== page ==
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Truvada PrEP Not Linked with Major, Lasting Kidney Problems

, by Reilly O'Neal

BluePillsCROPTruvada PrEP is tied to only small, temporary decreases in kidney function, researchers report in the February 4, 2014 online edition of the journal AIDS.

Although safe and well tolerated, Truvada (also referred to as FTC/TDF) has been linked with kidney dysfunction in people taking it to treat HIV disease. Would the same be true of HIV-negative people taking the pill daily? Most studies evaluating the kidney-health effects of Truvada, which combines the antiretroviral drugs tenofovir (Viread) and emtricitabine (Emtriva), have focused on people living with HIV, so researchers looked for answers in data from the large iPrEx study of Truvada PrEP.

The iPrEx trial enrolled 2,499 HIV-negative gay and bi men and transgender women who have sex with men. At screening and enrollment and at regular monitoring visits, participants in both the Truvada and placebo arms underwent tests to assess renal (kidney) function—that is, how well the kidneys are working to rid the body of waste products and reabsorb substances the body needs. A subset of study participants were also tested for proximal renal tubulopathy, a condition that has been tied to bone loss in people taking Truvada for HIV treatment.

Analysis revealed a small but statistically significant decrease in creatinine clearance in the Truvada group compared with those taking placebo pills, indicating a slight decline in the kidneys’ ability to remove the waste product creatinine from the body. This effect was first observed at week 4 of the study, with a mean (average) change of –2.4 mL/min in the Truvada arm vs.  –1.1 mL/min in the placebo group.

This difference lasted through the final visit on treatment, with a mean between-group change ranging from –2.7 to 0.038 ml/min over the full 144 weeks of the study. Truvada’s effect on creatinine clearance did not differ by age, race, or history of high blood pressure—all known risk factors for renal dysfunction.

Importantly, the difference in creatinine clearance resolved when treatment was stopped. Although 62 creatinine elevations were recorded (37 in the Truvada group and 25 in the placebo arm), “[i]n none of the confirmed creatinine elevations…were there coincident elevations in blood-urea nitrogen (BUN) or decreases in serum bicarbonate,” changes that would have raised red flags for kidney dysfunction.

In addition, the research team detected no statistically significant effect of FTC/TDF on serum phosphorus levels or protein or glucose in the urine—signals of reduced kidney health. In the substudy assessing 1,137 participants for proximal renal tubulopathy, two cases were found in the placebo arm and none among those taking Truvada.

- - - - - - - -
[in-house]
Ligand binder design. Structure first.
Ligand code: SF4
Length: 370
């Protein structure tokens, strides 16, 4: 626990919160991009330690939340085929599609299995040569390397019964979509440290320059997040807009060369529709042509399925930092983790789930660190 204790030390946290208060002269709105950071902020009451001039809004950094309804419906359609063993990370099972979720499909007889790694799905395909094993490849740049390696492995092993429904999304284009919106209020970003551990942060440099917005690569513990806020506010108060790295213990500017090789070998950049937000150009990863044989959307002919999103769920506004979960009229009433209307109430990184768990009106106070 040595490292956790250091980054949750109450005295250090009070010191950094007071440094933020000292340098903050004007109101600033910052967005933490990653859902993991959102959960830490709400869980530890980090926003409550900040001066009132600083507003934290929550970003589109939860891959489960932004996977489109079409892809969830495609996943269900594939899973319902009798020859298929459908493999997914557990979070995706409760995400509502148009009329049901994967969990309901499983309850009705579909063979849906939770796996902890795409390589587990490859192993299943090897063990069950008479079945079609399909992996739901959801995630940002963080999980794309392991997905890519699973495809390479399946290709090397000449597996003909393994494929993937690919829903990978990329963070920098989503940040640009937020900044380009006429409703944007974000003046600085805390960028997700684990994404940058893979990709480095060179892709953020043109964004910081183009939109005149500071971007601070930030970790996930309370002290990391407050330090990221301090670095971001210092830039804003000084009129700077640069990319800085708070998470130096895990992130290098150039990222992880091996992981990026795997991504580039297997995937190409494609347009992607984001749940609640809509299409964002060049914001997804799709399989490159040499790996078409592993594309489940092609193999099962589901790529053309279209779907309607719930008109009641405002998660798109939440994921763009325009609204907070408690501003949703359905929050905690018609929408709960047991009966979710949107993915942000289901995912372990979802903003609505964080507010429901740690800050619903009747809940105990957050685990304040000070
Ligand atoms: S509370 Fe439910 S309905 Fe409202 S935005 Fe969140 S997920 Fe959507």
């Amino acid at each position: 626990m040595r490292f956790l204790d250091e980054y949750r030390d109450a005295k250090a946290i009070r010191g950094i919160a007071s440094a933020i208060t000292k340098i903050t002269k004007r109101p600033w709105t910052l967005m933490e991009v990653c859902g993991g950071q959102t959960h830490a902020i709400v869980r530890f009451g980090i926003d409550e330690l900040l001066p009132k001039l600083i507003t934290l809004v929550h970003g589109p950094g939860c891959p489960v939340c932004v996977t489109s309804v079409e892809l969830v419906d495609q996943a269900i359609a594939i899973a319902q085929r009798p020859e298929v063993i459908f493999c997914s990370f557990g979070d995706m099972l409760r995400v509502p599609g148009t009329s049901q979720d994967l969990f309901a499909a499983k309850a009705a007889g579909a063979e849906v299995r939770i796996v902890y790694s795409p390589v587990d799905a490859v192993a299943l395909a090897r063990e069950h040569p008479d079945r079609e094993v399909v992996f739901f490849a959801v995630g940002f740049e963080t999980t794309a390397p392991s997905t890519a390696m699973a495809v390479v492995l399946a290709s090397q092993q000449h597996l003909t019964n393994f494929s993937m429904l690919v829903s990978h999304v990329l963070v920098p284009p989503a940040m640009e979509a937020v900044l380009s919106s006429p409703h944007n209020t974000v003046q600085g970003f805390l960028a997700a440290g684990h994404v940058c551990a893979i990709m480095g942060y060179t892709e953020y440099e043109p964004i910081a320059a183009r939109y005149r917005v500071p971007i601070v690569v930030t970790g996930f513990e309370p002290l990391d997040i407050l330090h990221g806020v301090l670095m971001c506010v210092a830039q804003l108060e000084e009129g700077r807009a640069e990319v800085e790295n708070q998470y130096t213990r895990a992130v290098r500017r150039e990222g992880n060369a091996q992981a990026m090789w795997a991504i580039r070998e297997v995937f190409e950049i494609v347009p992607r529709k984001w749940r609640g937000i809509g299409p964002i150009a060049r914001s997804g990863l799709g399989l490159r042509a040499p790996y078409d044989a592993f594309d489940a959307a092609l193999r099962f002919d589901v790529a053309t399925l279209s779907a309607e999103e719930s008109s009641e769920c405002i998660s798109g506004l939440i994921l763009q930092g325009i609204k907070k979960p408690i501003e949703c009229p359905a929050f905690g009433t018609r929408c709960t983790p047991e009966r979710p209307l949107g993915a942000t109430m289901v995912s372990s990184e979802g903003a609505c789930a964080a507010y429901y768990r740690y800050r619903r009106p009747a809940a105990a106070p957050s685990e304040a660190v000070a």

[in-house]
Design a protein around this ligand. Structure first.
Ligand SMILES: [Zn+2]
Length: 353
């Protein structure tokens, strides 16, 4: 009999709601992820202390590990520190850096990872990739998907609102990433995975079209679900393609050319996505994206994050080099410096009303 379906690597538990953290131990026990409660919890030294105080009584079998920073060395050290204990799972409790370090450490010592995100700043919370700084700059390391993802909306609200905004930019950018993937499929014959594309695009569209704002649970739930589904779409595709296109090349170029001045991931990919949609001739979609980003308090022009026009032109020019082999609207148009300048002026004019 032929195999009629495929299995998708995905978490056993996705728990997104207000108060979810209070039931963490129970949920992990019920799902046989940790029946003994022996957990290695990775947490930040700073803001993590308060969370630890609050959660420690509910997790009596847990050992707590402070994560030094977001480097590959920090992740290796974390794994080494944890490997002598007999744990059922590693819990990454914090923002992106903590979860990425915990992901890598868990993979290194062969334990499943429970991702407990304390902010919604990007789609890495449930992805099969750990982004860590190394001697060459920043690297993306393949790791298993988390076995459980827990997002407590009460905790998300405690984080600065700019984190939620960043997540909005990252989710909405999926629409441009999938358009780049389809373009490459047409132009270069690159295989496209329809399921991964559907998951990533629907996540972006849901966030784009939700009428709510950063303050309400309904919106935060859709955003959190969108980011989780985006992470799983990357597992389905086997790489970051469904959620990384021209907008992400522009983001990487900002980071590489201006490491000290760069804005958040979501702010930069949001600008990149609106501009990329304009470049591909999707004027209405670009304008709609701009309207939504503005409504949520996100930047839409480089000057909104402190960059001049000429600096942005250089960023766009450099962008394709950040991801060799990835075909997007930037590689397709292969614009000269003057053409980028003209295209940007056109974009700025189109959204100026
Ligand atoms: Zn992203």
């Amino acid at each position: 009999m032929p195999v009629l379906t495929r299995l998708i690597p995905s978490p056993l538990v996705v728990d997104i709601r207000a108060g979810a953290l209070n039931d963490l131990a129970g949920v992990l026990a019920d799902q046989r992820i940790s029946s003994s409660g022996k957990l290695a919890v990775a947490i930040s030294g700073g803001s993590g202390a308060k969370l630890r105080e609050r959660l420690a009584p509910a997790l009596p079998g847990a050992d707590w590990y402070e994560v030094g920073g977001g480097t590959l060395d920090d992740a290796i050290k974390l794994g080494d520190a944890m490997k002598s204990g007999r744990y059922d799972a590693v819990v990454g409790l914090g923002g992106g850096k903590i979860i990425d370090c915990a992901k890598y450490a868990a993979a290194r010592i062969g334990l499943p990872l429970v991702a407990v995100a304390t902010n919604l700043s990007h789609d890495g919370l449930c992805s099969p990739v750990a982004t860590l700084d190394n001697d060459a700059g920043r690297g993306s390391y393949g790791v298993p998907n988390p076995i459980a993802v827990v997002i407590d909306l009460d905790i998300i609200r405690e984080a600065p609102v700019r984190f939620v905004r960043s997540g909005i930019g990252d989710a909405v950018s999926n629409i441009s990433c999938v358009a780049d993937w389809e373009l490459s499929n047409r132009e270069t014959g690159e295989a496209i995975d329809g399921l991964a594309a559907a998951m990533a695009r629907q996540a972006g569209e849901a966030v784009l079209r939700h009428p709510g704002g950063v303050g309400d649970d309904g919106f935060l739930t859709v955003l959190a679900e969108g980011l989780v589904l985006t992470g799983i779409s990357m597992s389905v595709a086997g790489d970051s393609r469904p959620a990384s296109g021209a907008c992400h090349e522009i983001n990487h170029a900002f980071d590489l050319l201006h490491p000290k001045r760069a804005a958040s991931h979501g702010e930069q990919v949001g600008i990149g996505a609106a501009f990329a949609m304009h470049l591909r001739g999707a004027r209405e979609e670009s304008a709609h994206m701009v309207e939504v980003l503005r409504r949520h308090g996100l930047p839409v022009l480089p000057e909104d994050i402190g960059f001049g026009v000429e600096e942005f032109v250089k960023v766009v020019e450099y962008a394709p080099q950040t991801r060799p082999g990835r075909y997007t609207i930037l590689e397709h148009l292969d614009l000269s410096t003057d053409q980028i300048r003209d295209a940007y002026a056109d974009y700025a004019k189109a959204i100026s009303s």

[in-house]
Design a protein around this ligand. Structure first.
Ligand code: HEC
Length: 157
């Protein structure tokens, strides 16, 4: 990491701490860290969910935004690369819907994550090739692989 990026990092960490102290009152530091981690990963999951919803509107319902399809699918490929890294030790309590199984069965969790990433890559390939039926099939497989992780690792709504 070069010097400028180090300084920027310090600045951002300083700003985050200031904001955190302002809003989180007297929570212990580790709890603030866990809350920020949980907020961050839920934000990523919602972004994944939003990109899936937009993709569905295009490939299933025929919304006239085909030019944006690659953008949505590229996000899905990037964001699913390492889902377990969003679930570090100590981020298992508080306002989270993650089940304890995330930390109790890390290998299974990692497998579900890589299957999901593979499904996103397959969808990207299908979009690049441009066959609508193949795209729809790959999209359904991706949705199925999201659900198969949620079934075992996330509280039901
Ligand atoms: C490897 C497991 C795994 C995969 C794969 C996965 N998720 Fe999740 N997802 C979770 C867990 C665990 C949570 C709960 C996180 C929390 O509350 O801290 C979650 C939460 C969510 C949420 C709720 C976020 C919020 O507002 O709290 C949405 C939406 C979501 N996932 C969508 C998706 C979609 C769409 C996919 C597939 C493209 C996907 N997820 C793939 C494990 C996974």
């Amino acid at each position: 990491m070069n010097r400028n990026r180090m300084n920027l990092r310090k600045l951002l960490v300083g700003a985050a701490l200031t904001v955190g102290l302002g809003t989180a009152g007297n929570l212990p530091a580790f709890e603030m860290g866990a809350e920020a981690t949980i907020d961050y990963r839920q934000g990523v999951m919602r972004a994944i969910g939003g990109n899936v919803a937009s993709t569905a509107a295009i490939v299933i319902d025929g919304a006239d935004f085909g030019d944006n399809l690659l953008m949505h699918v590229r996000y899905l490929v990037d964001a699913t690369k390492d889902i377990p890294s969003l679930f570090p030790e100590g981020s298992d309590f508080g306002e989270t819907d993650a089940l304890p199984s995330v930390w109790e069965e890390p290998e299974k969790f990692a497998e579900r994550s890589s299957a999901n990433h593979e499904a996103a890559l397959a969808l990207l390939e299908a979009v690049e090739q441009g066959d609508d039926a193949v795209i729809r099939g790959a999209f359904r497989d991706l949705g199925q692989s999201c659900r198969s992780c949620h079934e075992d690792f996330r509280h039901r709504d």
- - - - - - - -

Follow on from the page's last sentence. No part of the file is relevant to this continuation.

The authors call out an important limitation of this analysis: Participants in iPrEx (as in many other clinical trials) were required to have normal kidney function at study start. “Demonstration projects may also provide additional data on frequency of monitoring required or factors that will enable clinicians to identify those at greatest risk for renal effects of TDF,” the researchers observe. “The next step will be to monitor renal safety as PrEP is offered to broader populations with multiple comorbidities including pre-existing renal disease or predisposing risk factors for it (e.g. older age or diabetes) to determine whether FTC/TDF’s effects on renal function are similarly modest in these populations.”

Despite this limitation, the analysis supports the Centers for Disease Control and Prevention’s interim PrEP guidance around regular kidney function testing, and has implications for managing PrEP use in “real world” settings. The research team offers a suggestion to providers who detect creatinine elevation in their PrEP-using patients: Don’t rush to stop PrEP. “We advise repeating the abnormal serum creatinine measurements on a separate specimen before discontinuing FTC/TDF because the majority of elevations are self-limited,” the researchers write.

These findings underscore the importance of both regular kidney function monitoring for people on PrEP and the value of continued provider education, as demo projects and experience from clinical practice inform how to best use this relatively new HIV prevention tool.

Reilly O’Neal is a freelance writer and former editor of BETA.

Source

Solomon, M. and others. Changes in renal function associated with oral emtricitabine/tenofovir disoproxil fumarate use for HIV pre-exposure prophylaxis. AIDS. February  4, 2014. (Epub ahead of print.)

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2 Responses to Truvada PrEP Not Linked with Major, Lasting Kidney Problems

  1. mrthebutler says:

    I have a question about methamphetamine use and kidney function. I googled methamphetamine and creatinine, and read through this article:

    http://toxicology.ucsd.edu/Newsletters/CPCS%20Newsletter%20Methamphetamine.pdf

    If methamphetamine leads to increased creatinine, and PrEP decreases the kidneys’ ability to filter out creatinine, is this an increased danger of anything? I admit I might not be reading that article correctly….

    • San Francisco AIDS Foundation says:

      This is a really good question, and the answer could have important implications for folks who use both meth and PrEP. We will do some sleuthing and report back with what we find out. Stay tuned.